College buddies Gregg Nelson and Michael Maples formed Trumark Cos. in 1988 to focus on value-add residential and mixed-use entitlements. Since then, Trumark has successfully entitled over 5,000 residential lots and committed over $1.5 billion in investments. By 2008, Trumark Homes was building communities throughout California and Northern Colorado. The company has been instrumental in the development of more than 4,000 homes.

Zonda principal Mollie Carmichael chats with Maples and Nelson in the latest episode of the Inspirational Leadership with the Best in Home Building podcast. Here are some excerpts from Maples:

On lessons learned in divinity school
“It helped us understand that our value was never going to be in our self-worth, which was important because we started the business and we were really smart for like 18 months, and then we went broke. And I realized that didn't measure who we were. Just like when things go well, [that] doesn't measure who you are, and it gave us a real sense of you still need to have an impact on people you come into contact with every day. I think it affects our business culture around the office, that people have human dignity, and it matters who they are. They deserve to be respected, whether it's an investor that's coming in or someone who's delivering and dropping off a package.”

On what sets Trumark apart in the industry
“Our mission statement is to enhance the lives of people by creating inspiring living environments to inspire. So, our idea, whether it's a commercial development, a master plan community, or a house, is how do you do it in a way that inspires people and catches their imagination, but also enhances the way they live. And I think our team is very thoughtful about that. They know how they're programming a house for the needs of a family. And I think that makes a difference.”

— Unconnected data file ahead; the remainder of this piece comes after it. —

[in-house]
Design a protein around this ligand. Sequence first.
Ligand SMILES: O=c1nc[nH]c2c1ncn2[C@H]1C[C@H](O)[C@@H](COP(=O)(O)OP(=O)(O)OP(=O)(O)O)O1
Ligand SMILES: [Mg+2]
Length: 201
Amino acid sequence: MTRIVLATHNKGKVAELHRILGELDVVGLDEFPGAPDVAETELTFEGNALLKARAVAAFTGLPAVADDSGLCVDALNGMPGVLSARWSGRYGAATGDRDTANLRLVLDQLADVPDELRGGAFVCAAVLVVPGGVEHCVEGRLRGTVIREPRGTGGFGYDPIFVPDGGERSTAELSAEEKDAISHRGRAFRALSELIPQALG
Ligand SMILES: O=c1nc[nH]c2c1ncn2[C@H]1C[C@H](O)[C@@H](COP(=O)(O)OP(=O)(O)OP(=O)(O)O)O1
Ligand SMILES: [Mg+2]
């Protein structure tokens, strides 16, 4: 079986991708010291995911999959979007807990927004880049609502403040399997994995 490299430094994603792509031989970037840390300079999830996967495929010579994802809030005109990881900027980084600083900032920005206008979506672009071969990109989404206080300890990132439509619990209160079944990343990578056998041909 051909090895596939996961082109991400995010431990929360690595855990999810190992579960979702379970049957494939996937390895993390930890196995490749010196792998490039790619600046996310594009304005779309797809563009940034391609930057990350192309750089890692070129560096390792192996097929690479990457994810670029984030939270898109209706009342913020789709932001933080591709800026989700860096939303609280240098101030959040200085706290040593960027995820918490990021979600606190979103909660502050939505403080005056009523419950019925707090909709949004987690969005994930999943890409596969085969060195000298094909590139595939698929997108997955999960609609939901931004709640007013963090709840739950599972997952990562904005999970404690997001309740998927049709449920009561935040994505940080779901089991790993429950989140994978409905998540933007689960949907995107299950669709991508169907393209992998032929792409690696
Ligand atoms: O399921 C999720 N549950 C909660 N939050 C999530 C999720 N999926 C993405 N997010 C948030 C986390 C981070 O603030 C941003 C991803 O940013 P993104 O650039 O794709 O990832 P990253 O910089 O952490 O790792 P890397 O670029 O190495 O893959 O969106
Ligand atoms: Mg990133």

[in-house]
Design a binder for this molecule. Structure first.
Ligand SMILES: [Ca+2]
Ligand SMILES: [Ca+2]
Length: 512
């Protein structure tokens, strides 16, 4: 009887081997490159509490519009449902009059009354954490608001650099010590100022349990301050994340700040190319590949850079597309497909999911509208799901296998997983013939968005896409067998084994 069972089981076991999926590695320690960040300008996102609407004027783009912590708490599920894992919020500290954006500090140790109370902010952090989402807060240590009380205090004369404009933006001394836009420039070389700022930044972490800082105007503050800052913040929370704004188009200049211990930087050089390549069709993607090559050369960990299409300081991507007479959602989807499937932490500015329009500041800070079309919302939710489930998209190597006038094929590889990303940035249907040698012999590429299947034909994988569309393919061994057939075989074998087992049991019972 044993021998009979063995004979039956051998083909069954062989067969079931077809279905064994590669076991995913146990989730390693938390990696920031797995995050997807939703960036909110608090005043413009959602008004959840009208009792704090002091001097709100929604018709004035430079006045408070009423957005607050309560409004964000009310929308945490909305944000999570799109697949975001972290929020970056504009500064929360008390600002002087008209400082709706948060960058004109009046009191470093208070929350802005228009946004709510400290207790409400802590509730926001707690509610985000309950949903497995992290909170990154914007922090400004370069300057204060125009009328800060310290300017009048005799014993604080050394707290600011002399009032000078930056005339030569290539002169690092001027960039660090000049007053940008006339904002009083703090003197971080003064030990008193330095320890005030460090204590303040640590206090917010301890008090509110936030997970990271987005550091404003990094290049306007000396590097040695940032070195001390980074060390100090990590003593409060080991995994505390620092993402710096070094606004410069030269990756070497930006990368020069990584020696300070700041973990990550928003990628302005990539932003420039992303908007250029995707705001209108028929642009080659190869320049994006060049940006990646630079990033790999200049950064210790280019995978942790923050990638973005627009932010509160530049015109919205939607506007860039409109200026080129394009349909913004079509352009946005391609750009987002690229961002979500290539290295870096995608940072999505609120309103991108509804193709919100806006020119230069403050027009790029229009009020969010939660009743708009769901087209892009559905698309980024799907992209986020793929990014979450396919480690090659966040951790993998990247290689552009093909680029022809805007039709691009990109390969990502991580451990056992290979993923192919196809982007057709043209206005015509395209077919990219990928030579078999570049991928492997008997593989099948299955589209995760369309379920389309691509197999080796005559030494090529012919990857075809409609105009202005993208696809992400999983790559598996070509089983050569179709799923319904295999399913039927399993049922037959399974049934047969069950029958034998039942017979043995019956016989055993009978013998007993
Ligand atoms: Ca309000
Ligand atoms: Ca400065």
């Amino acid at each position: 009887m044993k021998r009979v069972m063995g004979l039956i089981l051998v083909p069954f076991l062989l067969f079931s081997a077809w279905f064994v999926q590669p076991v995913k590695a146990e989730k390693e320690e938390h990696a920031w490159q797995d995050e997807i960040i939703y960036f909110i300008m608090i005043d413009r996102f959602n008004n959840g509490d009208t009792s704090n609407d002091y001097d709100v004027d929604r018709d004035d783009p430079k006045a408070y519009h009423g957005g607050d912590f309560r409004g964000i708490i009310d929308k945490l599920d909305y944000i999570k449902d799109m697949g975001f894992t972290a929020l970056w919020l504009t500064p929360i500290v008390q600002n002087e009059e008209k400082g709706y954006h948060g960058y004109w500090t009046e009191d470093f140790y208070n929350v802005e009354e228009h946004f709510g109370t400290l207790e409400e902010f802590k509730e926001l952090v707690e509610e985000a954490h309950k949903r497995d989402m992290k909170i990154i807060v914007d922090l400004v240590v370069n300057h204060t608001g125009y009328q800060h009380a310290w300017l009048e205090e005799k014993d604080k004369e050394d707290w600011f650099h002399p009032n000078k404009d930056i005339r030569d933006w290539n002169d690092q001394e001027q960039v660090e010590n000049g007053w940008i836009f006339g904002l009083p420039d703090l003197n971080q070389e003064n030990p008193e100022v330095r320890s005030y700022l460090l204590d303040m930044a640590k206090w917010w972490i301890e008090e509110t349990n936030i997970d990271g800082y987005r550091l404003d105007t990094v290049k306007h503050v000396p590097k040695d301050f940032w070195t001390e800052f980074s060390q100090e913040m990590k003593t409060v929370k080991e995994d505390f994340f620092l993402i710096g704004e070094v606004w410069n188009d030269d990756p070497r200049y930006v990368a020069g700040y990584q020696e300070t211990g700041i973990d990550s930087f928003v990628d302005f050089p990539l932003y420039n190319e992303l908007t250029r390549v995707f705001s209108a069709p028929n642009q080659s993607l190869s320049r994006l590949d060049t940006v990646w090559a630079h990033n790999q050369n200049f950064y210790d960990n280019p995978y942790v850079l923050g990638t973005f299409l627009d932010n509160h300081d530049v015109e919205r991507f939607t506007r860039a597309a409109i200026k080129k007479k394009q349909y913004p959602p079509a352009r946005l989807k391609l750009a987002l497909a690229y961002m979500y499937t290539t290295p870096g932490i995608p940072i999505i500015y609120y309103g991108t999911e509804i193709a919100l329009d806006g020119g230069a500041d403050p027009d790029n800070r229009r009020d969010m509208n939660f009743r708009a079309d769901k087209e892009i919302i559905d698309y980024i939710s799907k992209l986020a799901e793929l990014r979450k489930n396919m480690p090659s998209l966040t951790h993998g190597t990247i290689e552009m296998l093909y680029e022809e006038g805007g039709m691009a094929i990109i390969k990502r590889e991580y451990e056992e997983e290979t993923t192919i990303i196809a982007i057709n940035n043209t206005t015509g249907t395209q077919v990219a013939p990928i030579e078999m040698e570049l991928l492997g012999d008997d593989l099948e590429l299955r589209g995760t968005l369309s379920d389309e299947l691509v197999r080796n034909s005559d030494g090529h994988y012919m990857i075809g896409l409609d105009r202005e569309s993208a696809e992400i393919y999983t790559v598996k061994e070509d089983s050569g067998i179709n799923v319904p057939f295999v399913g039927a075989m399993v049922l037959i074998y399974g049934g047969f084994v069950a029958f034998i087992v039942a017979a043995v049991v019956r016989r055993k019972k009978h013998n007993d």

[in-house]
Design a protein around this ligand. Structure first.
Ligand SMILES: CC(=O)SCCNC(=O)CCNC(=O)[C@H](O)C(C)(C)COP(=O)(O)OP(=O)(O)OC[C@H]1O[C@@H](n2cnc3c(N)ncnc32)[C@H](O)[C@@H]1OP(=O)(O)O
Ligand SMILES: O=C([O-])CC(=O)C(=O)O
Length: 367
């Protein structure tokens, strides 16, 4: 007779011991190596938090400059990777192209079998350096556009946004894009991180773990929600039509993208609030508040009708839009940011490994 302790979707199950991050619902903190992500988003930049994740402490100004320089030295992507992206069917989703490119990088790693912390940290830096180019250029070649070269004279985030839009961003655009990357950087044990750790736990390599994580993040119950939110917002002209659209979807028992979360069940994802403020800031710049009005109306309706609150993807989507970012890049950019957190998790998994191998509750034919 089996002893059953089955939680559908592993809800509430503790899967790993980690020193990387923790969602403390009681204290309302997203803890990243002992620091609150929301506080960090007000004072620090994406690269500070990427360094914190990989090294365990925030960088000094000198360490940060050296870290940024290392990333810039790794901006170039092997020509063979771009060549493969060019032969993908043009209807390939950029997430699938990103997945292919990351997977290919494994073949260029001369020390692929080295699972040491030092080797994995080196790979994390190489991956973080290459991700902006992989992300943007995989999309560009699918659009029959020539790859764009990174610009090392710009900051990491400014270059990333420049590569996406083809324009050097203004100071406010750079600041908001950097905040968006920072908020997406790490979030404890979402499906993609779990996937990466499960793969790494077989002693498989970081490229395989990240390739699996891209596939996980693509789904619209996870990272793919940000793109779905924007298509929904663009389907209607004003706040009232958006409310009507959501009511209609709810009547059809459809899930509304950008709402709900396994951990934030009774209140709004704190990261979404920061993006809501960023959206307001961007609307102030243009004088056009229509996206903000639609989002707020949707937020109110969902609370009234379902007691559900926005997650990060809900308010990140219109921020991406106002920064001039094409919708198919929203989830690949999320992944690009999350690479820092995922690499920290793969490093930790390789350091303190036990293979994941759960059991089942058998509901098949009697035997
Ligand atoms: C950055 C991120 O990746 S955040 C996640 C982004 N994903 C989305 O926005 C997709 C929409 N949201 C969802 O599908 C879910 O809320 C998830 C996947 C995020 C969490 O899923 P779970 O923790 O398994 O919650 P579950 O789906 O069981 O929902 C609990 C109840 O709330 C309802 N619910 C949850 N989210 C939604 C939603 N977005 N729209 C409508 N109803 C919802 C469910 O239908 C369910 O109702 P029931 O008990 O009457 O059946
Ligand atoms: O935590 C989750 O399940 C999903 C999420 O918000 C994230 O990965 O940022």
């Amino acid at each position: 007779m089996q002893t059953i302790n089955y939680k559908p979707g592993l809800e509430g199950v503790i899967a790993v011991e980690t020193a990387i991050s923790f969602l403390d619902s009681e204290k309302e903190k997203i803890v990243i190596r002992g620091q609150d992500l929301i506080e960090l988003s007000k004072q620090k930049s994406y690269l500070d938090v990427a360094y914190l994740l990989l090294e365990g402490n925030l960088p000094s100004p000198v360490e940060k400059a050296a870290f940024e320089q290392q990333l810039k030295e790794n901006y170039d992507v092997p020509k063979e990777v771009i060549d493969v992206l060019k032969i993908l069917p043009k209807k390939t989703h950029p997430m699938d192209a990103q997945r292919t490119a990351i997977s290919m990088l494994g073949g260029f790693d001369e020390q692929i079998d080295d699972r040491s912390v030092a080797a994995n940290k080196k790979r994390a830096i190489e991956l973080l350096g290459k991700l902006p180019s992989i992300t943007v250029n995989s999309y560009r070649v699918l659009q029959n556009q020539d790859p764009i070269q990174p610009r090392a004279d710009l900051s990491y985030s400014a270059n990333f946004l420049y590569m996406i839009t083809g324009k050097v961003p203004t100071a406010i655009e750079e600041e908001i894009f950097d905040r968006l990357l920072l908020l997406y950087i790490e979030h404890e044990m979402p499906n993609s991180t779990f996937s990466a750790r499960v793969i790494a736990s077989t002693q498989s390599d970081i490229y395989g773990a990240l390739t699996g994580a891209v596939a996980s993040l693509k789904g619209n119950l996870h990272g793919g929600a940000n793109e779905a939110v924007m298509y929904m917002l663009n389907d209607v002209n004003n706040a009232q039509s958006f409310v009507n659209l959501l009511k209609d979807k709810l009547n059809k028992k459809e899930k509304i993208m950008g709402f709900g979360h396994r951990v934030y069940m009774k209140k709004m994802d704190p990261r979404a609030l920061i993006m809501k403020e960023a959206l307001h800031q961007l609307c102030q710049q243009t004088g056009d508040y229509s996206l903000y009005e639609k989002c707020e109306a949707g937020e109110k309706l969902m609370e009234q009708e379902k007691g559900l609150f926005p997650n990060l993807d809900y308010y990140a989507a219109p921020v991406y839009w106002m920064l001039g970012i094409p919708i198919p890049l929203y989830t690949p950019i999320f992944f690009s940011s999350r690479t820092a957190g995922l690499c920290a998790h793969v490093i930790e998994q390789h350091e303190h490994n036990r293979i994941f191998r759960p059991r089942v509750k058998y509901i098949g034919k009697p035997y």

On forging a way forward through challenges
“We went broke, you know, after the first couple years, and there's nothing quite like coming home from a soccer game when your house has got a notice on the front door, and your 5-year-old says, “What's that?,” and you realize that's the foreclosure notice, that you're in the process.”

“We didn’t take the traditional path. We were very undercapitalized. You know, we were just out there trying to do it. … But you know, we have great investor partners that came out of that, because we operated with integrity during that, and it made a big difference. But coming out of that we had to take risks.”

Click to hear from the leaders in the last five podcast episodes, which feature Doug Yearley, chairman and CEO of Toll Brothers; Rick Severance, president of Wellen Park, Mattamy Homes; Shravan Parsi, CEO of American Ventures; Spencer Rascoff, former CEO and co-founder of Zillow; and Joan Webb, New Home Co.'s former chief marketing officer.